Real-life persistence and adherence in ETV treated chronic hepatitis b patients: results of a German prospective multicenter observational study

Aus Kompetenzportal
Wechseln zu: Navigation, Suche
Real-life persistence and adherence in ETV treated chronic hepatitis b patients: results of a German prospective multicenter observational study
Autor Petersen J, Thomas Wilke, Mauss S, Heyne R, Herold C, Wiese M, Boeker K, Pichl T, Hueppe D
In: Journal of Hepatoloy
Ausgabe 60(1)
ISBN/ISSN:
Erscheinungsjahr 2014
Jahrgang
Seitenzahl
Hyperlink http://www.journal-of-hepatology.eu/article/S0168-8278(14)61203-4/abstract
Review

OBJECTIVES

Entecavir (ETV) is a very effective and safe treatment option in chronic hepatitis B (CHB) patients. However, some patients show only a partial virologic response. The most reasonable explanation is non-persistence/non-adherence. Persistence and adherence measurement is underrepresented in clinical trials. Therefore, the extent of non-persistence (NP), non-adherence (NA) and clinical outcomes of any NA/NP were measured in ETV-treated patients in a real-life study.

METHODS

In a prospective observational multicenter study, persistence and adherence were measured based on documented prescriptions within a 12 month period. A patient was defined as NP if he missed all treatment doses in [gt]30 subsequent days. Adherence was measured based on medication possession ratio (MPR) between first and last documented prescription (NA if MPR[lt]80%). Proportion of patients reaching undetectable HBV-DNA levels ([lt]69IU/mL) was determined.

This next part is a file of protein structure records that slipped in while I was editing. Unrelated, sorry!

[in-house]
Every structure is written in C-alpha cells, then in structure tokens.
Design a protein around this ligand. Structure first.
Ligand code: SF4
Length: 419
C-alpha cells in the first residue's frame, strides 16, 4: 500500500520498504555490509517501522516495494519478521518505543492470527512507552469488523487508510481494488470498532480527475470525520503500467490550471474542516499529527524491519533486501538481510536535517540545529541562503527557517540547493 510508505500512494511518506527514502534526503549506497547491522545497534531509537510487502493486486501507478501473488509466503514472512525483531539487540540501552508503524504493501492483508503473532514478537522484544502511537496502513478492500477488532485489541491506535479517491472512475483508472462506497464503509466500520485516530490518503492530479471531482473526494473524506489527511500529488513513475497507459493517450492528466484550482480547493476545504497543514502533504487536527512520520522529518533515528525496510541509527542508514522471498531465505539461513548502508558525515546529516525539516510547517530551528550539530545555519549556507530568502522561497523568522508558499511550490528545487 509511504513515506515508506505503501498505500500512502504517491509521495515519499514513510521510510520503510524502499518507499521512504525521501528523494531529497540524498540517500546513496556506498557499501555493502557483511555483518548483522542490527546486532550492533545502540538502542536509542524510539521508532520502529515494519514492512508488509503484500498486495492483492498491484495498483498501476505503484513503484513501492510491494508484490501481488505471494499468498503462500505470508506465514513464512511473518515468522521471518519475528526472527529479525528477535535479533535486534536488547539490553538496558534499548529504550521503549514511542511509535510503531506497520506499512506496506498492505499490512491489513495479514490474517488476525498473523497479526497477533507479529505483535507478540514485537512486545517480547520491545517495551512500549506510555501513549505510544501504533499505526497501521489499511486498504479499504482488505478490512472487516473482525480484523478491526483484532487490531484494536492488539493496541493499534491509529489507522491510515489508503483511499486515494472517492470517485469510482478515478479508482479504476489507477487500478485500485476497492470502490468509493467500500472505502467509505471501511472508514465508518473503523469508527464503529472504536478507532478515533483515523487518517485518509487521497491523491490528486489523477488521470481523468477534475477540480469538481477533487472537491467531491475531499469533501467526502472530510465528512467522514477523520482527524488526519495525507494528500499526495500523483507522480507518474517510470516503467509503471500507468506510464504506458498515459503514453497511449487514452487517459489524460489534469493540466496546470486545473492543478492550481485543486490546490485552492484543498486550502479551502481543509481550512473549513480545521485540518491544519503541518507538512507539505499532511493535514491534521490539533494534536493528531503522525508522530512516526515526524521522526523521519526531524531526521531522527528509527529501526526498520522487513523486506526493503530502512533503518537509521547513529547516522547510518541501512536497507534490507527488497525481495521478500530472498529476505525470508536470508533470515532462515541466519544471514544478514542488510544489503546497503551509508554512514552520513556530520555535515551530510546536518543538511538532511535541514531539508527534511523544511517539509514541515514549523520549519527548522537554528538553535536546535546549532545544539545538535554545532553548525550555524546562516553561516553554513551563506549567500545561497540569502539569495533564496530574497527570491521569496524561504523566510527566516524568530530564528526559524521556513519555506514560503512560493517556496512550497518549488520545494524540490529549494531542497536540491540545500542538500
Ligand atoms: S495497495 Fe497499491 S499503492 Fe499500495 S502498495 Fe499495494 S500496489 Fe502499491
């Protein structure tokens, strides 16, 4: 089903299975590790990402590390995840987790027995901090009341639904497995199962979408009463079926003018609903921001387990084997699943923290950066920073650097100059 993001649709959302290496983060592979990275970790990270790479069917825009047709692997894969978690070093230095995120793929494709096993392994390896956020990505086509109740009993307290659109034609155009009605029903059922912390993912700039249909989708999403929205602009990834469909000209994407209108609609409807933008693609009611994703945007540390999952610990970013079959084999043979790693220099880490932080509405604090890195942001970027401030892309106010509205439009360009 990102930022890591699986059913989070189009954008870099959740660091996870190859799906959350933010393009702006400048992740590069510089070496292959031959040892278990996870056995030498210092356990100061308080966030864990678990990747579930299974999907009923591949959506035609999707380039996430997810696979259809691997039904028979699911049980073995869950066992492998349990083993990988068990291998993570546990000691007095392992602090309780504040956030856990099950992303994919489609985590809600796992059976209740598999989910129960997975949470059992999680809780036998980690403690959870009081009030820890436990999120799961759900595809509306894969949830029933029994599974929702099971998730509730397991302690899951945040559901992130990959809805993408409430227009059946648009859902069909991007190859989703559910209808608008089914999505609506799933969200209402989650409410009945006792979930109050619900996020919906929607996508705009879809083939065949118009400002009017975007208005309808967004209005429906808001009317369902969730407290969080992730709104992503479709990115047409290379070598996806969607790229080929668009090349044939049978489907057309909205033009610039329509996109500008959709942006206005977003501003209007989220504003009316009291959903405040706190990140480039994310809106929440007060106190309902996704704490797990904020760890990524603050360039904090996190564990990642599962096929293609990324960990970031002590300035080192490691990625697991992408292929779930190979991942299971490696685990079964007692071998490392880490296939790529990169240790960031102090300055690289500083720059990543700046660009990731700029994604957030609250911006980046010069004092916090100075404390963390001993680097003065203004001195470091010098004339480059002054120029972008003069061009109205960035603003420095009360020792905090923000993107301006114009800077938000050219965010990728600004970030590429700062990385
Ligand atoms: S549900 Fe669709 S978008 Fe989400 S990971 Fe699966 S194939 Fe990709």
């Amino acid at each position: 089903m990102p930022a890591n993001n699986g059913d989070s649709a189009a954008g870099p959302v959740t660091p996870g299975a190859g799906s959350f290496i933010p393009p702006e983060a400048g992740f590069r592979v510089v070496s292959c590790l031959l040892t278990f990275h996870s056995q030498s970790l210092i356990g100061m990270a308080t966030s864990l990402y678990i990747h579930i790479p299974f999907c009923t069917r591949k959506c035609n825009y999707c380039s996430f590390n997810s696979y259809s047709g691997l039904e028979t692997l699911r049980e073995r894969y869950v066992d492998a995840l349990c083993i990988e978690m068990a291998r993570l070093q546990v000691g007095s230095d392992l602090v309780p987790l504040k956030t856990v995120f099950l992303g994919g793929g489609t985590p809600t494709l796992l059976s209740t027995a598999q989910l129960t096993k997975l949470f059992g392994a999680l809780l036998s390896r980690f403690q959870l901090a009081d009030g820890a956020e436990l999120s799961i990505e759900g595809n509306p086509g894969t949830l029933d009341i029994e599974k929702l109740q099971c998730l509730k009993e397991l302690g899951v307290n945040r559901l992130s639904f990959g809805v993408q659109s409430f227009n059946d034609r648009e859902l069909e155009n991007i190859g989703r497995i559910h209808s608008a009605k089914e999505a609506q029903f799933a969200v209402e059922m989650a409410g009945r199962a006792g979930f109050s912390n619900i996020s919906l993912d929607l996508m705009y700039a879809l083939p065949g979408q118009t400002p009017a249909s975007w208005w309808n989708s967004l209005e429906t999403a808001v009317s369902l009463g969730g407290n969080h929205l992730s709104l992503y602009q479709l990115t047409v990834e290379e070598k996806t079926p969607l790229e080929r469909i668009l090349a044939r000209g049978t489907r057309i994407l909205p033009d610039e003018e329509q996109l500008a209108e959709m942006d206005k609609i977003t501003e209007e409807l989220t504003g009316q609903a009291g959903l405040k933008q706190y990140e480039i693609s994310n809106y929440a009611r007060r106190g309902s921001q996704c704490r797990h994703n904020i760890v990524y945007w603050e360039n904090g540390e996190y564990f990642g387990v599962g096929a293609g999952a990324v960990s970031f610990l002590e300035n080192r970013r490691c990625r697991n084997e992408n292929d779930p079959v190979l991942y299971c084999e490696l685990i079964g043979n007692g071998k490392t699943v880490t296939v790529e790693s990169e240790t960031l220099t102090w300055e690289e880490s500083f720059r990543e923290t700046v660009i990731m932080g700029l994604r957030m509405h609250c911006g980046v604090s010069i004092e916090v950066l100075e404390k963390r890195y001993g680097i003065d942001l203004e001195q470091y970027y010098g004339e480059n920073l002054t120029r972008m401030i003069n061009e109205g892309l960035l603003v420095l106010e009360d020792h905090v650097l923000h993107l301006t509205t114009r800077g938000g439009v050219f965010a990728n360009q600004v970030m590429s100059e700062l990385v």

RESULTS

112 CHB patients were analysed, baseline characteristics and results are presented in table 1. 26.8% of patients (n=30) missed treatment doses in [gt]30 subsequent days (NP group), 30% of patients in the NP group (n=9) and none of the persistent patients were classified as non-adherent. Mean MPR for all patients was 95.3%. 84.4% of persistent/adherent patients and 63.0% of patients in the NP group reached undetectable HBV-DNA levels (p=0.022). So far no significantly correlating factors for NP/NA could be detected.

CONCLUSION

This study highlights the importance of persistence/adherence in CHB treatment to achieve a sustained virologic response. Further analysis of risk factors for non-persistence/non-adherence needs to be performed in a larger patient population with a longer observational period.